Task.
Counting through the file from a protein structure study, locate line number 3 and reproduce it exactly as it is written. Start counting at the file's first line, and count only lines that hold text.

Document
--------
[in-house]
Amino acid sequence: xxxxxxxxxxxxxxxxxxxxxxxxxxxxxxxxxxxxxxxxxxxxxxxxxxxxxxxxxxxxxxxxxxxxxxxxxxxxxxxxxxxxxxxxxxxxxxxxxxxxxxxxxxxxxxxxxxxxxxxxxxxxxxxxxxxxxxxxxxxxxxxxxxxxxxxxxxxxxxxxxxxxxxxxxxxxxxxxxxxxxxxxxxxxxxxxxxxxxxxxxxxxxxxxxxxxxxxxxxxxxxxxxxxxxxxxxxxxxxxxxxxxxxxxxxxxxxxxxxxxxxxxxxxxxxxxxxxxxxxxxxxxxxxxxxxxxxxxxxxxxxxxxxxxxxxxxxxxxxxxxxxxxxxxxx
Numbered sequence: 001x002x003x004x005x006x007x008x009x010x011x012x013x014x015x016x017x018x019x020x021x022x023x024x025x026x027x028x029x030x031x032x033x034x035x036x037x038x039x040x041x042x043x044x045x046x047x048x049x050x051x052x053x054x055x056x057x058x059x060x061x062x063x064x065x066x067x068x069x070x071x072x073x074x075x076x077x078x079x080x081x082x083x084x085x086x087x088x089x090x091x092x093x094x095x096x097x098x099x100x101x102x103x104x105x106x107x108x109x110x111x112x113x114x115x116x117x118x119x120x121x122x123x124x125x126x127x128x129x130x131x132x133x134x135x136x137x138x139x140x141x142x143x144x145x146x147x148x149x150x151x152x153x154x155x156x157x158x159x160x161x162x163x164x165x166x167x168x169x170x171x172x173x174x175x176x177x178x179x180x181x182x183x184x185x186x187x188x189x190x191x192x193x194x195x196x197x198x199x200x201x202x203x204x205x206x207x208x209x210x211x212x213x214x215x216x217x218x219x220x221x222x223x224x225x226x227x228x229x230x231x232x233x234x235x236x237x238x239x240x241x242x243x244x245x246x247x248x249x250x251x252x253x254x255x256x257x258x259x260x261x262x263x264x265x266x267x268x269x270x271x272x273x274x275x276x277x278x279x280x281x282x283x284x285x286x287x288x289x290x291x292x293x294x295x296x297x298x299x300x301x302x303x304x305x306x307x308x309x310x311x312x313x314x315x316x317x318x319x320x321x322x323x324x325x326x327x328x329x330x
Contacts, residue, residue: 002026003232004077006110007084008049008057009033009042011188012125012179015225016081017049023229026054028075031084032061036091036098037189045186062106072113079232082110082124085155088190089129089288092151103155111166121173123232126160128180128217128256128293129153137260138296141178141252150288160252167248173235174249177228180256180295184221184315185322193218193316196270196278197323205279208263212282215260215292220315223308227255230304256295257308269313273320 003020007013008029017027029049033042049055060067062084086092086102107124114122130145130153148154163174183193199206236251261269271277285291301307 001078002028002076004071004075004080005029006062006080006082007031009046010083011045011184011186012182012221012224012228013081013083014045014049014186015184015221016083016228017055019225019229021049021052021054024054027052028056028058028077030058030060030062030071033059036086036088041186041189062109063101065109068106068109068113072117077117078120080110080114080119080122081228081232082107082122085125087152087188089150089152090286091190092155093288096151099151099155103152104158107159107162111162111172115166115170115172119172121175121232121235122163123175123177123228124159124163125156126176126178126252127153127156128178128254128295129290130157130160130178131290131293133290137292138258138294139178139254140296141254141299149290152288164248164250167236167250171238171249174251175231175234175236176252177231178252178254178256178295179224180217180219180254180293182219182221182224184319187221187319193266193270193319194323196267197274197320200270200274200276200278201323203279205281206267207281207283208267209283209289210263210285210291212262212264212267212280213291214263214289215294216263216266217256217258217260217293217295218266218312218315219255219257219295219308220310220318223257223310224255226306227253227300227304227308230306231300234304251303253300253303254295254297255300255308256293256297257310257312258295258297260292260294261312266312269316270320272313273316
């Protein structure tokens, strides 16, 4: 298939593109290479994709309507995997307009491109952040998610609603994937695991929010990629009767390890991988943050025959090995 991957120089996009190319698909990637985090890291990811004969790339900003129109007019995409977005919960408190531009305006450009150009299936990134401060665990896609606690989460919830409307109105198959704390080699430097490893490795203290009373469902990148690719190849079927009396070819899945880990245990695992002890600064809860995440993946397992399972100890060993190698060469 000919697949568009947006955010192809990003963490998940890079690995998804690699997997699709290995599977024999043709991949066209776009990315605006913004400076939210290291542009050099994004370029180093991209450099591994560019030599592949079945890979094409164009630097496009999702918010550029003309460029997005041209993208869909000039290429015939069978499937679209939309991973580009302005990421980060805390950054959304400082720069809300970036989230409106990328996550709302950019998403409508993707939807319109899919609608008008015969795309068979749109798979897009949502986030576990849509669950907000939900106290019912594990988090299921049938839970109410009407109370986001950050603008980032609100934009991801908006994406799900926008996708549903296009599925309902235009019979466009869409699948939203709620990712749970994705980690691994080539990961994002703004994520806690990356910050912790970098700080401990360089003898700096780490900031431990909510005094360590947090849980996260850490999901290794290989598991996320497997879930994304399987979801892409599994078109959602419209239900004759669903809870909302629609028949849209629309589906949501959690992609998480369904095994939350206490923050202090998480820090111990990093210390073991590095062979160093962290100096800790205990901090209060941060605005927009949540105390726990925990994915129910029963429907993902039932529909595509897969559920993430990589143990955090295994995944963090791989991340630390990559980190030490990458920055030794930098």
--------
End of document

Numbered sequence: 001x002x003x004x005x006x007x008x009x010x011x012x013x014x015x016x017x018x019x020x021x022x023x024x025x026x027x028x029x030x031x032x033x034x035x036x037x038x039x040x041x042x043x044x045x046x047x048x049x050x051x052x053x054x055x056x057x058x059x060x061x062x063x064x065x066x067x068x069x070x071x072x073x074x075x076x077x078x079x080x081x082x083x084x085x086x087x088x089x090x091x092x093x094x095x096x097x098x099x100x101x102x103x104x105x106x107x108x109x110x111x112x113x114x115x116x117x118x119x120x121x122x123x124x125x126x127x128x129x130x131x132x133x134x135x136x137x138x139x140x141x142x143x144x145x146x147x148x149x150x151x152x153x154x155x156x157x158x159x160x161x162x163x164x165x166x167x168x169x170x171x172x173x174x175x176x177x178x179x180x181x182x183x184x185x186x187x188x189x190x191x192x193x194x195x196x197x198x199x200x201x202x203x204x205x206x207x208x209x210x211x212x213x214x215x216x217x218x219x220x221x222x223x224x225x226x227x228x229x230x231x232x233x234x235x236x237x238x239x240x241x242x243x244x245x246x247x248x249x250x251x252x253x254x255x256x257x258x259x260x261x262x263x264x265x266x267x268x269x270x271x272x273x274x275x276x277x278x279x280x281x282x283x284x285x286x287x288x289x290x291x292x293x294x295x296x297x298x299x300x301x302x303x304x305x306x307x308x309x310x311x312x313x314x315x316x317x318x319x320x321x322x323x324x325x326x327x328x329x330x